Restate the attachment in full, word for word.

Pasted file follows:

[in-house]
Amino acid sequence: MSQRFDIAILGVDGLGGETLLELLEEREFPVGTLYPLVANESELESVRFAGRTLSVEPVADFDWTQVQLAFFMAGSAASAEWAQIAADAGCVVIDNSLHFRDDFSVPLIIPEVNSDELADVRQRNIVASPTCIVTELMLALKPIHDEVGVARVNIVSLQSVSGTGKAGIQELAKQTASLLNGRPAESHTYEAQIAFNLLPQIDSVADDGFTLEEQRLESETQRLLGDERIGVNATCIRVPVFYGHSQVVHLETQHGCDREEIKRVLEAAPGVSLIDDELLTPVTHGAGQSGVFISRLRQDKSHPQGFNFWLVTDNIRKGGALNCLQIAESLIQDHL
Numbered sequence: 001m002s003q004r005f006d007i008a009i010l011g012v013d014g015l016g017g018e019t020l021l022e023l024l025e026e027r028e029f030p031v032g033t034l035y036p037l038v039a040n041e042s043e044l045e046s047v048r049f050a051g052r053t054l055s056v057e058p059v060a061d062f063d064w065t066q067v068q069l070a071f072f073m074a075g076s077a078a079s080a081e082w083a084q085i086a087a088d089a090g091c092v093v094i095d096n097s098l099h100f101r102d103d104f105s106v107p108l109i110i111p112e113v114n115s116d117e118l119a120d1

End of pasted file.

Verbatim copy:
[in-house]
Amino acid sequence: MSQRFDIAILGVDGLGGETLLELLEEREFPVGTLYPLVANESELESVRFAGRTLSVEPVADFDWTQVQLAFFMAGSAASAEWAQIAADAGCVVIDNSLHFRDDFSVPLIIPEVNSDELADVRQRNIVASPTCIVTELMLALKPIHDEVGVARVNIVSLQSVSGTGKAGIQELAKQTASLLNGRPAESHTYEAQIAFNLLPQIDSVADDGFTLEEQRLESETQRLLGDERIGVNATCIRVPVFYGHSQVVHLETQHGCDREEIKRVLEAAPGVSLIDDELLTPVTHGAGQSGVFISRLRQDKSHPQGFNFWLVTDNIRKGGALNCLQIAESLIQDHL
Numbered sequence: 001m002s003q004r005f006d007i008a009i010l011g012v013d014g015l016g017g018e019t020l021l022e023l024l025e026e027r028e029f030p031v032g033t034l035y036p037l038v039a040n041e042s043e044l045e046s047v048r049f050a051g052r053t054l055s056v057e058p059v060a061d062f063d064w065t066q067v068q069l070a071f072f073m074a075g076s077a078a079s080a081e082w083a084q085i086a087a088d089a090g091c092v093v094i095d096n097s098l099h100f101r102d103d104f105s106v107p108l109i110i111p112e113v114n115s116d117e118l119a120d1